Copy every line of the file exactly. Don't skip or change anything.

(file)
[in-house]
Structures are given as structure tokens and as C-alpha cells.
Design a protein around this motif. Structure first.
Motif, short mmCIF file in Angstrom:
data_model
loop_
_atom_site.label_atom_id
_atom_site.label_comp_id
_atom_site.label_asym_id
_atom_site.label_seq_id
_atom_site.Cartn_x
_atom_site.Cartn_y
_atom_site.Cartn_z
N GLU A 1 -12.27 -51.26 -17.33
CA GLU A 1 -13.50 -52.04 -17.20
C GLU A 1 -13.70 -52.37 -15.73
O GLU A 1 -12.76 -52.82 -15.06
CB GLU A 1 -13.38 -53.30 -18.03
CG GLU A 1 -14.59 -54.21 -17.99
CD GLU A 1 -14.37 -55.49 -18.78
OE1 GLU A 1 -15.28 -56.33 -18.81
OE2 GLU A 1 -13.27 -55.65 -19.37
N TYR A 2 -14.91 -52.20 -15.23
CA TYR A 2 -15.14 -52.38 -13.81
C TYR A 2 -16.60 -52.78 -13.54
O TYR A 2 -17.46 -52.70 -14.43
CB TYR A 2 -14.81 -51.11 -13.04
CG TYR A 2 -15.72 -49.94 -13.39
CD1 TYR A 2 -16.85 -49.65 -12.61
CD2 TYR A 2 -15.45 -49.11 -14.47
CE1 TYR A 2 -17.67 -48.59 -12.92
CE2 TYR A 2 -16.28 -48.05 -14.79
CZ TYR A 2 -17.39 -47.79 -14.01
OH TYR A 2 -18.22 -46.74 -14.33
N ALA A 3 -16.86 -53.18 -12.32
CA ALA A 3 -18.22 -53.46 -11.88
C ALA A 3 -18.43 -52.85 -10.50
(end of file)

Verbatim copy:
[in-house]
Structures are given as structure tokens and as C-alpha cells.
Design a protein around this motif. Structure first.
Motif, short mmCIF file in Angstrom:
data_model
loop_
_atom_site.label_atom_id
_atom_site.label_comp_id
_atom_site.label_asym_id
_atom_site.label_seq_id
_atom_site.Cartn_x
_atom_site.Cartn_y
_atom_site.Cartn_z
N GLU A 1 -12.27 -51.26 -17.33
CA GLU A 1 -13.50 -52.04 -17.20
C GLU A 1 -13.70 -52.37 -15.73
O GLU A 1 -12.76 -52.82 -15.06
CB GLU A 1 -13.38 -53.30 -18.03
CG GLU A 1 -14.59 -54.21 -17.99
CD GLU A 1 -14.37 -55.49 -18.78
OE1 GLU A 1 -15.28 -56.33 -18.81
OE2 GLU A 1 -13.27 -55.65 -19.37
N TYR A 2 -14.91 -52.20 -15.23
CA TYR A 2 -15.14 -52.38 -13.81
C TYR A 2 -16.60 -52.78 -13.54
O TYR A 2 -17.46 -52.70 -14.43
CB TYR A 2 -14.81 -51.11 -13.04
CG TYR A 2 -15.72 -49.94 -13.39
CD1 TYR A 2 -16.85 -49.65 -12.61
CD2 TYR A 2 -15.45 -49.11 -14.47
CE1 TYR A 2 -17.67 -48.59 -12.92
CE2 TYR A 2 -16.28 -48.05 -14.79
CZ TYR A 2 -17.39 -47.79 -14.01
OH TYR A 2 -18.22 -46.74 -14.33
N ALA A 3 -16.86 -53.18 -12.32
CA ALA A 3 -18.22 -53.46 -11.88
C ALA A 3 -18.43 -52.85 -10.50